DHS National Preparedness Goal (excerpt)
“We describe our security and resilience posture through the core capabilities… that are necessary to deal with great risks, and we will use an integrated, layered, and all-of-Nation approach as our foundation. We define success as:
A secure and resilient Nation with the capabilities required across the whole community to prevent, protect against, mitigate, respond to, and recover from the threats and hazards that pose the greatest risk.
Using the core capabilities, we achieve the National Preparedness Goal by:
— Preventing, avoiding, or stopping a threatened or an actual act of terrorism. — Protecting our citizens, residents, visitors, and assets against the greatest threats and hazards in a manner that allows our interests, aspirations, and way of life to thrive.
— Mitigating the loss of life and property by lessening the impact of future disasters.
— Responding quickly to save lives, protect property and the environment, and meet basic human needs in the aftermath of a catastrophic incident.
— Recovering through a focus on the timely restoration, strengthening, and revitalization of infrastructure, housing, and a sustainable economy, as well as the health, social, cultural, historic, and environmental fabric of communities affected by a catastrophic incident.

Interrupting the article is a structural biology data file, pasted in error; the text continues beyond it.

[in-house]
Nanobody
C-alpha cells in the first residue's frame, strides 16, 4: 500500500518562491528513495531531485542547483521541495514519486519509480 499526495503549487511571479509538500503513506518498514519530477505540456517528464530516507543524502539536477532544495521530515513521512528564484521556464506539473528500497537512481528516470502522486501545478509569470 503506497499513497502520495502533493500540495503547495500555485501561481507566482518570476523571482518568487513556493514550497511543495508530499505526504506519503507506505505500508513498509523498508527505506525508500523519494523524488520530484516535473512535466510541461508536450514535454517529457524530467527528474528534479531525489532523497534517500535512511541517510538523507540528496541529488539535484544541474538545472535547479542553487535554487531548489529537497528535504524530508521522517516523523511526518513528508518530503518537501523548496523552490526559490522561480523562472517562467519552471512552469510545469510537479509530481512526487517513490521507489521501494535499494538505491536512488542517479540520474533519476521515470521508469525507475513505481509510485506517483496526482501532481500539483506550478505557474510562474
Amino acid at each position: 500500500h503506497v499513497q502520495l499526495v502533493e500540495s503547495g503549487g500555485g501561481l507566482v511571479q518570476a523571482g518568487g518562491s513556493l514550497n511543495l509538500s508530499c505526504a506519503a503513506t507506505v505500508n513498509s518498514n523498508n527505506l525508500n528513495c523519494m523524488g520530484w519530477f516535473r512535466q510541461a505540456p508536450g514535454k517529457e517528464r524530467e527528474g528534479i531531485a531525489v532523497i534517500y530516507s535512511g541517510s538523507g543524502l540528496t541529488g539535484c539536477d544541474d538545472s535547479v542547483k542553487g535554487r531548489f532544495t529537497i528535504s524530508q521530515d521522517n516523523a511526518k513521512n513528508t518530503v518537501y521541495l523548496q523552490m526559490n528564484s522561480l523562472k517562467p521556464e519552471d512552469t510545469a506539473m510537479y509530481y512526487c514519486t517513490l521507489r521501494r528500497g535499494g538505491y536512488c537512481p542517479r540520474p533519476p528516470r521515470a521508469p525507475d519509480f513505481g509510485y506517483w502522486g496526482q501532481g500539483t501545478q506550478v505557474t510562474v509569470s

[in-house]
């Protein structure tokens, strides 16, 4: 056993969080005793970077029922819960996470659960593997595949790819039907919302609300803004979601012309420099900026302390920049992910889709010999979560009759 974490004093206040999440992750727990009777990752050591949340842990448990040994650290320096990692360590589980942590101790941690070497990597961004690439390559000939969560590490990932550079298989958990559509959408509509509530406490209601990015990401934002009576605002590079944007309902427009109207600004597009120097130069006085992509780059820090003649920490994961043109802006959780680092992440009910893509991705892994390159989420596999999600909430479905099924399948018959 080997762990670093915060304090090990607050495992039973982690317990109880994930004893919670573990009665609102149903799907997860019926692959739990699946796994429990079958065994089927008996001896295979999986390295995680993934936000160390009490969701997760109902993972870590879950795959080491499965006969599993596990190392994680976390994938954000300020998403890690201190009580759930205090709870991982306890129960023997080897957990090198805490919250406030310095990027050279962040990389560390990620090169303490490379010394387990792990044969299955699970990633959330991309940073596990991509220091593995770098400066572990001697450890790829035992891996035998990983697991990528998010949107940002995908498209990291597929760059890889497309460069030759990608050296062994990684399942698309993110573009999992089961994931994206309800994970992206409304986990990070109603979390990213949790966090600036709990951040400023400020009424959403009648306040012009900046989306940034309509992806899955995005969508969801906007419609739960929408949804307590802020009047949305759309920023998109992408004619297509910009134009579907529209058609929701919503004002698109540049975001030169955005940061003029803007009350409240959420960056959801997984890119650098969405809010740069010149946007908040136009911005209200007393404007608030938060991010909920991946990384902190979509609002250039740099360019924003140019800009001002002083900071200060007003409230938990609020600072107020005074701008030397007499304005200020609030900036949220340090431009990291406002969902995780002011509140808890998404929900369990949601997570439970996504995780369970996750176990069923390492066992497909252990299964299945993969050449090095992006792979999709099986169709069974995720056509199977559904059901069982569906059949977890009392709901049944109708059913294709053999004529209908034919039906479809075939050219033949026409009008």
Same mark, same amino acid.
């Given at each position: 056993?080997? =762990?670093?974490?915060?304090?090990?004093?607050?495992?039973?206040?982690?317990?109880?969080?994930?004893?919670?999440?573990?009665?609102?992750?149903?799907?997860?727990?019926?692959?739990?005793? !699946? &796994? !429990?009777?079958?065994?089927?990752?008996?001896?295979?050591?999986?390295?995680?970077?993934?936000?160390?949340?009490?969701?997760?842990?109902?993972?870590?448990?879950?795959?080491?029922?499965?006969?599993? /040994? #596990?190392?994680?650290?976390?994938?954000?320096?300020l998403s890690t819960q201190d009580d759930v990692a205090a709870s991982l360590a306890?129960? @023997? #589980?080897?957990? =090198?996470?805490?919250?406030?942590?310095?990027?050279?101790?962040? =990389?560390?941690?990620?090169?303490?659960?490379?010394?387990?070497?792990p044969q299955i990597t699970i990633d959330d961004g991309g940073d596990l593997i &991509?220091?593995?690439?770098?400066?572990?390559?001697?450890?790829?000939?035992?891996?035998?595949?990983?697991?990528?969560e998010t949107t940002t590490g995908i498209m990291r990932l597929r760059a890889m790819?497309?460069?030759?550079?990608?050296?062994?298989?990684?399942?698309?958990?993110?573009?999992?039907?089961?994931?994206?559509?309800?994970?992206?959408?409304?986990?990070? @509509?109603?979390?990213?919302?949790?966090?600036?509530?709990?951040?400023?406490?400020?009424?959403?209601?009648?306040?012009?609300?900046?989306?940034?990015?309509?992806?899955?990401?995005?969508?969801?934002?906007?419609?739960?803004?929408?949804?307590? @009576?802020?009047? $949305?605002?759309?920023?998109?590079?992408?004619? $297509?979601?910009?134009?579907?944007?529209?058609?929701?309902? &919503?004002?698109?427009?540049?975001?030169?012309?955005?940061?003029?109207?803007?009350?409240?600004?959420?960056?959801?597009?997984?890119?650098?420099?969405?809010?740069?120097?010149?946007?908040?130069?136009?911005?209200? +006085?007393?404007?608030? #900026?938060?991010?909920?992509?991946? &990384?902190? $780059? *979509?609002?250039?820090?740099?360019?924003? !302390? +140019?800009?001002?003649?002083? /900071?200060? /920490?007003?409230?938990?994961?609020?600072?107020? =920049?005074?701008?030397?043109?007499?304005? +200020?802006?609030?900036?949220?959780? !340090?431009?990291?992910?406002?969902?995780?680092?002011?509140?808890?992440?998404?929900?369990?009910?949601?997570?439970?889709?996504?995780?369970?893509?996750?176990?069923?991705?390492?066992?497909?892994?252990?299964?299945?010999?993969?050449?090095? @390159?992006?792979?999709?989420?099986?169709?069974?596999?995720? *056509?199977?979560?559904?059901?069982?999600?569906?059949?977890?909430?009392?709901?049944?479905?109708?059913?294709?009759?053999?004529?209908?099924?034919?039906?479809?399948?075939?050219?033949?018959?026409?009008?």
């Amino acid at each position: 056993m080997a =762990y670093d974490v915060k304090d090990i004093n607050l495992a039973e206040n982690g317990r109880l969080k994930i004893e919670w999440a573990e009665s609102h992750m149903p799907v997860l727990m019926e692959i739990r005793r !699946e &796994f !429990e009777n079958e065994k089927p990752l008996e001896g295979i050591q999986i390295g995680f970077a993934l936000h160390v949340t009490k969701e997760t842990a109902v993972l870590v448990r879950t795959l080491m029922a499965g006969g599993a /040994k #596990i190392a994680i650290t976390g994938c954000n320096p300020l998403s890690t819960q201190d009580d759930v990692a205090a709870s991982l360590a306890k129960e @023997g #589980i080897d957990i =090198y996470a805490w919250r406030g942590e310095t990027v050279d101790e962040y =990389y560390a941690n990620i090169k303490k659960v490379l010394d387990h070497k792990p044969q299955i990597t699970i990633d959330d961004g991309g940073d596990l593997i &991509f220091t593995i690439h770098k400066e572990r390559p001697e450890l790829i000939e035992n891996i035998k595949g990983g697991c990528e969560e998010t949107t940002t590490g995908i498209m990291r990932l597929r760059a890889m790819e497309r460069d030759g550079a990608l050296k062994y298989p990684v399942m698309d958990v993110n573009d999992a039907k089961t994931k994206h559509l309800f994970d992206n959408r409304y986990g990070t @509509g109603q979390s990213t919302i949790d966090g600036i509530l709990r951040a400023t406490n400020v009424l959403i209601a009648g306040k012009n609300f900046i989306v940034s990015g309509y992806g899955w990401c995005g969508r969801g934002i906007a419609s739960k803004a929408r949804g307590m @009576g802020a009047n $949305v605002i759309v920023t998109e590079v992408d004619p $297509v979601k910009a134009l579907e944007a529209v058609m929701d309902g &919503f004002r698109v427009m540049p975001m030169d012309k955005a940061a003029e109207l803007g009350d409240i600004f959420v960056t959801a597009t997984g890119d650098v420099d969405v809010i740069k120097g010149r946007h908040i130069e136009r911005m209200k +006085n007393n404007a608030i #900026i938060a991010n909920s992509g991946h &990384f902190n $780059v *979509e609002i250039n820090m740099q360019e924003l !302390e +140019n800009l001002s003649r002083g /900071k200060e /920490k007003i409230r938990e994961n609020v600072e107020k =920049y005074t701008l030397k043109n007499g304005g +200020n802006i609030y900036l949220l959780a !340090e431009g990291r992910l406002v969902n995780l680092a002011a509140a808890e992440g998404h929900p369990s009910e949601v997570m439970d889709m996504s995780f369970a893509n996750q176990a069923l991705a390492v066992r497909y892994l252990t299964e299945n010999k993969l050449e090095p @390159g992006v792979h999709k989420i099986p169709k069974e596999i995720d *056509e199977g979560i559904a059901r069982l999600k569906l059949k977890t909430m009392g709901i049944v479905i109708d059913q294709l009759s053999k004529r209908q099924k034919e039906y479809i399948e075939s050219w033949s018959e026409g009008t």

…These are not targets for any single jurisdiction or agency; achieving these targets will require a national effort involving the whole community.”
Source: Department of Homeland Security, National Preparedness Goal, 1st Edition, September, 2011, http://www.fema.gov/pdf/prepared/npg.pdf.
The conduct of federal activities in partnership with state, local, and private partners may also be the goal of other Presidential directives. For example, the interaction of federal agencies with the private sector to advance the goal of improving resilience has been demonstrated in the area of critical infrastructure. Homeland Security Presidential Directive 7 (HSPD-7) gives the Secretary of Homeland Security oversight responsibility for protecting 18 critical infrastructure sectors, and gives selected agencies and the Environmental Protection Agency the ability to direct national infrastructure protection for some sectors (Box 6.4). These responsibilities require close coordination with state and local government, as well as the private sector, and may provide a model for the federal—state—local—private partnerships required to develop broader strategies for building resilience in U.S. communities.